We made it though and after skipping past one club that was playing polka music, we found a warehouse-esque bar-club which was pumping Zambian dance music (whilst also showing a football match that most other patrons were glued to). Leanne requested they change to more Western music and the group was happily dancing for a while. I left early, falling asleep from a few days worth of poor rest.
The next morning, we booked the bungie jump, swing and zip line package as a group and then head into town to hunt down an ATM that would give us cash to pay for the package.

Heading to a homely vegetarian restaurant for lunch about an hour before we were supposed to meet everyone for the jump, we were panicking when the food hadn't arrived 5 minutes before we were supposed to be back at the campsite (especially since I had the booking voucher for all eight of us). A dose of karma was delivered to me when I didn't receive my meal with everyone else. When we asked the waitress if they'd started making my meal yet, apparently she had forgotten. Unhappily hungry and pressured with the lack of time, I chowed down on a packet of custard creams as we made our way to the falls.

I wasn't especially worried about throwing myself off the bridge into the Zambezi river at all until after we had registered and made our way onto the bridge. It was only then, looking down, that I realised what a ridiculous endeavour this was. Watching the other riders jump off the bridge, plummet towards the water and then bounce around made me quite nervous and when my turn finally came, at least 45 minutes later, I was dead silent.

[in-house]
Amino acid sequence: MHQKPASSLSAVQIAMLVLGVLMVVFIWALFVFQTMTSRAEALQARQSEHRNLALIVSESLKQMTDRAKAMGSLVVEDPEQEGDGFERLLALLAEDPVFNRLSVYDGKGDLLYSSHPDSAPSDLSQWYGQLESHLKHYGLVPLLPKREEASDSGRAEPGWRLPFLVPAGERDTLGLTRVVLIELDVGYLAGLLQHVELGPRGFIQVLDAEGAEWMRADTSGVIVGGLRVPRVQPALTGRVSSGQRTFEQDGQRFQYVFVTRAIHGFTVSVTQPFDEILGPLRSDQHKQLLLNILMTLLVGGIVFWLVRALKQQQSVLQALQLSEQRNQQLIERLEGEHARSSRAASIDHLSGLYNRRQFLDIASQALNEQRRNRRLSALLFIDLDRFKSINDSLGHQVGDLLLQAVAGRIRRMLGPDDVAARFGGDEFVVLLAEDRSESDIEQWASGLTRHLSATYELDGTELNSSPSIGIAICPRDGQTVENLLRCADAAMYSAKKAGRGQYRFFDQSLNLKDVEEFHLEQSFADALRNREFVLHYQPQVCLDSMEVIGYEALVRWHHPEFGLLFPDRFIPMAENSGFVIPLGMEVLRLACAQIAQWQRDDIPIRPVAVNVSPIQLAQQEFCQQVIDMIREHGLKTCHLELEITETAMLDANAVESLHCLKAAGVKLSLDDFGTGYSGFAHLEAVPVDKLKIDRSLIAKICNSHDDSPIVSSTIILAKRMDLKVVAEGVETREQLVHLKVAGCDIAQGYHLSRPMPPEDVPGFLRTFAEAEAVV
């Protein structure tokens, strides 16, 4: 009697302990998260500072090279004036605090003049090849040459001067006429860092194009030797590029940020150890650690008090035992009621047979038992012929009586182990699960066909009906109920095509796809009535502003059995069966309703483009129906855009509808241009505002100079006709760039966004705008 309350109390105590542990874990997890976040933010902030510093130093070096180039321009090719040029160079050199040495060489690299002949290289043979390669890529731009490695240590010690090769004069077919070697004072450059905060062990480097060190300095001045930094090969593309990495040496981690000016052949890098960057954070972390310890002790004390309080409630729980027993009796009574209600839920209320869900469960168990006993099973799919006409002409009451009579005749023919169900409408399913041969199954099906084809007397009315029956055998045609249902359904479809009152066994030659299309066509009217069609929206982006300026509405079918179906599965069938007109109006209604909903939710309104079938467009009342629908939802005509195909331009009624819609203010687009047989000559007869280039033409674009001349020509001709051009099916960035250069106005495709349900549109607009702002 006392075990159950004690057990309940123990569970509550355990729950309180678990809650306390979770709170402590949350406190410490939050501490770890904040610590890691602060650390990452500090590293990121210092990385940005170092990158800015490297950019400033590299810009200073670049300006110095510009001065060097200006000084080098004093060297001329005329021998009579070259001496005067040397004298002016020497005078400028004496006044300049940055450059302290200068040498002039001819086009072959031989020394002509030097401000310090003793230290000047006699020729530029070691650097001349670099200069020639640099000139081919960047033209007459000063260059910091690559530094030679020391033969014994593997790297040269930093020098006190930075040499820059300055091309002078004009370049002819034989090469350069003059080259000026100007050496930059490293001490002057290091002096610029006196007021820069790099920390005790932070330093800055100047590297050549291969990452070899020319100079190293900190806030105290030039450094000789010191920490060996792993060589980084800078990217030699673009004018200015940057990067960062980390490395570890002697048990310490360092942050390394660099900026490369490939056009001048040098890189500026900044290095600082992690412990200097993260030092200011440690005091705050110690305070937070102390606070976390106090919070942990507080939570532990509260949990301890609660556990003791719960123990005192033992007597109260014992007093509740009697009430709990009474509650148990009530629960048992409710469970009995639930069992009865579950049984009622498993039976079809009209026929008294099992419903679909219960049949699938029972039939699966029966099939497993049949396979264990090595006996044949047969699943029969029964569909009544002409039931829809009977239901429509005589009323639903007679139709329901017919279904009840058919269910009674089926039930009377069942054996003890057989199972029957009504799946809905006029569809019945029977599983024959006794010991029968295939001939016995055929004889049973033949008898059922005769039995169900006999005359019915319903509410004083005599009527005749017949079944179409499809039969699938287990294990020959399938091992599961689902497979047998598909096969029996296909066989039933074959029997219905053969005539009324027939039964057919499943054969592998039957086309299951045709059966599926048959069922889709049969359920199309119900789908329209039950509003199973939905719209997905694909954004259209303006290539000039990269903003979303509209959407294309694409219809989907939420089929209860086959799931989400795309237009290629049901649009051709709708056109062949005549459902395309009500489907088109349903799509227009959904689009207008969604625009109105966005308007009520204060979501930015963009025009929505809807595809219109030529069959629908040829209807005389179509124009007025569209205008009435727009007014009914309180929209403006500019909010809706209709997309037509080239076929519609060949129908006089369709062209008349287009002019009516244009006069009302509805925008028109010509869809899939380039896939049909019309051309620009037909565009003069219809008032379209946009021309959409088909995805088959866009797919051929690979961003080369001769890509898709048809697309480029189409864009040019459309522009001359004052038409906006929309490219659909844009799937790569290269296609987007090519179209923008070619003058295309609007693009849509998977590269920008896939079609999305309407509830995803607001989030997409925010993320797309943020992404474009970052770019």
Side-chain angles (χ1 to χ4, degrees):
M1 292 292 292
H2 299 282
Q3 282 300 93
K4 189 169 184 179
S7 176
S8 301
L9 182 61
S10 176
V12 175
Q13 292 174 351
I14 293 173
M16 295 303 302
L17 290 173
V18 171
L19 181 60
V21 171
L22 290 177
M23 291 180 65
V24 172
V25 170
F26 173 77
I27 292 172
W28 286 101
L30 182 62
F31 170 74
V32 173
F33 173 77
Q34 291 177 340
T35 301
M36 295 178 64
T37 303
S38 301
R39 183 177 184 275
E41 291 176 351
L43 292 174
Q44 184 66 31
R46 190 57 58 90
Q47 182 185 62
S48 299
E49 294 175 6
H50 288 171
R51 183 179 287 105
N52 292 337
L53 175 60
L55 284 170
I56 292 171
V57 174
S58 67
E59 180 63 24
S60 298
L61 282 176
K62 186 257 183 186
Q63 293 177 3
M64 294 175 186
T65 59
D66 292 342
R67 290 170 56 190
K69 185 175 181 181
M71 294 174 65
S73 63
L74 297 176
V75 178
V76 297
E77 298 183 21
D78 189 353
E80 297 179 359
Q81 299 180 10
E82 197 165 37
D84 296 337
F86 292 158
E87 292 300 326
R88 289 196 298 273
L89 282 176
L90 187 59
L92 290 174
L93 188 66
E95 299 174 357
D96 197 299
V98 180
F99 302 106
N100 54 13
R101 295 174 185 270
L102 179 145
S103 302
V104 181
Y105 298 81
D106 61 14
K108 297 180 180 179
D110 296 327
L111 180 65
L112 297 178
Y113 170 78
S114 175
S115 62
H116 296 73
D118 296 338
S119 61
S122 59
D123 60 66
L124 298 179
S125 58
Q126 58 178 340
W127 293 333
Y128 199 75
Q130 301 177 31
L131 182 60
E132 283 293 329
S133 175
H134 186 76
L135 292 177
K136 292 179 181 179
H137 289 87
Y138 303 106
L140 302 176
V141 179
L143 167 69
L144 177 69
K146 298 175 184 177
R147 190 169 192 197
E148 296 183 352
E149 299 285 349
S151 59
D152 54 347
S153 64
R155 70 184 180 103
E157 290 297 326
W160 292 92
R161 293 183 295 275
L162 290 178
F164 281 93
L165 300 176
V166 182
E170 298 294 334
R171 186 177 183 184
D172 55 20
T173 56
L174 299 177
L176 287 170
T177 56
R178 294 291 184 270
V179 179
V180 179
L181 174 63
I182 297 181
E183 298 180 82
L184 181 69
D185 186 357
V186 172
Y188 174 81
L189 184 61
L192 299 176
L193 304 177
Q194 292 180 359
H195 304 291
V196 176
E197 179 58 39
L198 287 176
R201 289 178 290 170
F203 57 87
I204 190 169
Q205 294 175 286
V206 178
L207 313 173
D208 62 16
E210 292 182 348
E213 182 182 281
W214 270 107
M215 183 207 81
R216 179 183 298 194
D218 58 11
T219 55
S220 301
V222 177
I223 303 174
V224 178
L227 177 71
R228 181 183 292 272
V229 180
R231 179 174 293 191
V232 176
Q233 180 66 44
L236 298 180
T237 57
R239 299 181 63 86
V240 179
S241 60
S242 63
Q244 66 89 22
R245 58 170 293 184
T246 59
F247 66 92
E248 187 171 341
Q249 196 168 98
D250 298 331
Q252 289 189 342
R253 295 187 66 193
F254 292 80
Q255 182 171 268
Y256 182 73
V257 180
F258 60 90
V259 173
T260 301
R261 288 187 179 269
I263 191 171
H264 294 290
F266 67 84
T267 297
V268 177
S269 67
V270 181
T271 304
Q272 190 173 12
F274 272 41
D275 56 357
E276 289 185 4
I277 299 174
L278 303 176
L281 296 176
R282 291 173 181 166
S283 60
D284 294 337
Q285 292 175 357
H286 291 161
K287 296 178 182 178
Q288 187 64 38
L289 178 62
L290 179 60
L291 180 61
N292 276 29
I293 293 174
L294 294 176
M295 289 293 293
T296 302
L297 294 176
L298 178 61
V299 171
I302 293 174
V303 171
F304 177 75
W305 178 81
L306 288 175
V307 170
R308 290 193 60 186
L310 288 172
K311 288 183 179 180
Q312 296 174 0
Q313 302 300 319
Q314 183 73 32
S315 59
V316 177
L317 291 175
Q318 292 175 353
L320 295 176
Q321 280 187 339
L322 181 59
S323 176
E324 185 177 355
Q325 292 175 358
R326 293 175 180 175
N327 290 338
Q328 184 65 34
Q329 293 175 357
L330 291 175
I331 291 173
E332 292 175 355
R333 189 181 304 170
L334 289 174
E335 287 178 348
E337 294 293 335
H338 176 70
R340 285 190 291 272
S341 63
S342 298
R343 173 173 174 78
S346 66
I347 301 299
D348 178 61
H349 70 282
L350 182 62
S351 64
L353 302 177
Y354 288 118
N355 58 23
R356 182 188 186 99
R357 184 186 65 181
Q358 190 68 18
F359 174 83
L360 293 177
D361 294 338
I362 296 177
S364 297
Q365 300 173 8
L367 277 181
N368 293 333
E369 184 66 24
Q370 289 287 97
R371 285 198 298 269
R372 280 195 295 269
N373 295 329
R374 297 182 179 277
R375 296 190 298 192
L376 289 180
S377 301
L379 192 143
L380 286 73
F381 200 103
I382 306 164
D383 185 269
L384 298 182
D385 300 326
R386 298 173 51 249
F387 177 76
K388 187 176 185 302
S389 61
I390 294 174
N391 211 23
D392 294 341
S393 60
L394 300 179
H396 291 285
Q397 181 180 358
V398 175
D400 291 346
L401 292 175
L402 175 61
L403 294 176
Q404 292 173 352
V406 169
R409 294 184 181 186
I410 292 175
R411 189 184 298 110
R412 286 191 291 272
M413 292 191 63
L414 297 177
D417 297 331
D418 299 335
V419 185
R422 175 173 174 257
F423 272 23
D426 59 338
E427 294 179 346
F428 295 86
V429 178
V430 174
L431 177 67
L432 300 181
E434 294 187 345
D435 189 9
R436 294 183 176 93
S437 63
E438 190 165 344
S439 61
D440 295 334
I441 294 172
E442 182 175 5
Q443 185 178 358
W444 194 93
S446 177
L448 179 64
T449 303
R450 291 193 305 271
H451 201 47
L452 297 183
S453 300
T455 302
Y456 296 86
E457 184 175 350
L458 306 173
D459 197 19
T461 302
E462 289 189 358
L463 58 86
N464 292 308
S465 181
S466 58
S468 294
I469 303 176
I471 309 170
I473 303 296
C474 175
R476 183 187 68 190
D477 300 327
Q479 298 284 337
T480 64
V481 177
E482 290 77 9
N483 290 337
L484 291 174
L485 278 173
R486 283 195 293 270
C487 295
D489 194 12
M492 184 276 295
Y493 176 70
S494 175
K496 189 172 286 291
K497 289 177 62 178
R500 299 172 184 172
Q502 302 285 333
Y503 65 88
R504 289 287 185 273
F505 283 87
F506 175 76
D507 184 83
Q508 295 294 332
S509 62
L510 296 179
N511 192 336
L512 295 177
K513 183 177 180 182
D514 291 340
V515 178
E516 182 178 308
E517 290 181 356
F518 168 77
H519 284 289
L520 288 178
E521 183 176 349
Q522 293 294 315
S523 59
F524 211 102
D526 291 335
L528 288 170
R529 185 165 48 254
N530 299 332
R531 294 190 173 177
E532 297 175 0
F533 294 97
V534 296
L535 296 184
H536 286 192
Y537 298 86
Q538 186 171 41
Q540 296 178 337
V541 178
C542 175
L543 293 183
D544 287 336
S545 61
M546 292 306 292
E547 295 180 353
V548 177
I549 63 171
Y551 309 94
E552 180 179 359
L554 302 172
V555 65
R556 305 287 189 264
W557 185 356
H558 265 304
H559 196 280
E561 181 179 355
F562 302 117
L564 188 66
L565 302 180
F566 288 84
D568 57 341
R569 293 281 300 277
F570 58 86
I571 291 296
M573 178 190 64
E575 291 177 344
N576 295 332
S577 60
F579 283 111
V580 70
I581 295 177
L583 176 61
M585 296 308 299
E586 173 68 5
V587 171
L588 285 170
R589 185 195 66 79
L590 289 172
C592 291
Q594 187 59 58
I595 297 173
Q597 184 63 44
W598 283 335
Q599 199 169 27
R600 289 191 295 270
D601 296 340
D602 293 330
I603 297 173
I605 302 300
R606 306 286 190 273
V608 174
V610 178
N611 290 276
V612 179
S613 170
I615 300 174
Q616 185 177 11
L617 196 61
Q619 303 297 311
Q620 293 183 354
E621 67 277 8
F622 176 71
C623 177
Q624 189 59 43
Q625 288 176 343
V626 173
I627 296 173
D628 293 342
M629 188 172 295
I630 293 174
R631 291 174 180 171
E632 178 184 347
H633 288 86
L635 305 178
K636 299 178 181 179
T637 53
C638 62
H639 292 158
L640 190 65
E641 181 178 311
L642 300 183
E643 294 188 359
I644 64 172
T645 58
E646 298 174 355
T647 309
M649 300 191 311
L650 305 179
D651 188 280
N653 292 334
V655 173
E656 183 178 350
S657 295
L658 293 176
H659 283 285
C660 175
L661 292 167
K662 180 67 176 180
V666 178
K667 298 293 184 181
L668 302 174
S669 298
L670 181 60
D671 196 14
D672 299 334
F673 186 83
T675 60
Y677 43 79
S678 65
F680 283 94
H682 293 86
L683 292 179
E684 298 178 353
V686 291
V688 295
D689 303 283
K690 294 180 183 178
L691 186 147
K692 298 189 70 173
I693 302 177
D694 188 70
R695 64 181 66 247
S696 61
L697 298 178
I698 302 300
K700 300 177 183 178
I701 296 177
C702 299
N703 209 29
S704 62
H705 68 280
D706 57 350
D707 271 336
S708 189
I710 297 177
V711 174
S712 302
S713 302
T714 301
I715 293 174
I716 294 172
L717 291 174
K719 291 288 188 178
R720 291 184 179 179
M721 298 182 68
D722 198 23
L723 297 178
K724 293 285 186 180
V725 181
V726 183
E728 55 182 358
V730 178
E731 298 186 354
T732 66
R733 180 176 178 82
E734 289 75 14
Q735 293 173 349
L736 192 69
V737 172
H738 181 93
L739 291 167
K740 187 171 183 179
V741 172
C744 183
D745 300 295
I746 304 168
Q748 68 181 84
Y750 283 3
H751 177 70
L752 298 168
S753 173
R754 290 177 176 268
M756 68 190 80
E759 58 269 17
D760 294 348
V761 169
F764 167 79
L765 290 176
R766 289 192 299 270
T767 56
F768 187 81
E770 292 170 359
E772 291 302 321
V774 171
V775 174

When they called my name, I stepped on the platform all harnessed up. Various checks were done, they clip you first to the edge of the bridge and then transfer you to the bungie cord after strapping the leg harness on tightly. When it comes to it, you jump forwards off the edge of the platform and fall like a rock until the cord tightens. Then you rebound up and down a few times, and if you're anything like me, you'll feel slightly ill. I lost count of the number of times I bounced up and the lack of control and visible direction was frustrating and mildly terrifying. At one point, I was spinning around and had a clear view of the circular rainbow caused by the mist from the waterfall - I started laughing at the ridiculous act just committed. My legs were quite sore after the jump - it hurts to bend my right leg and there's a bruise on my left shin. This is probably from the harness being too tight but I'd rather it was too tight than too loose...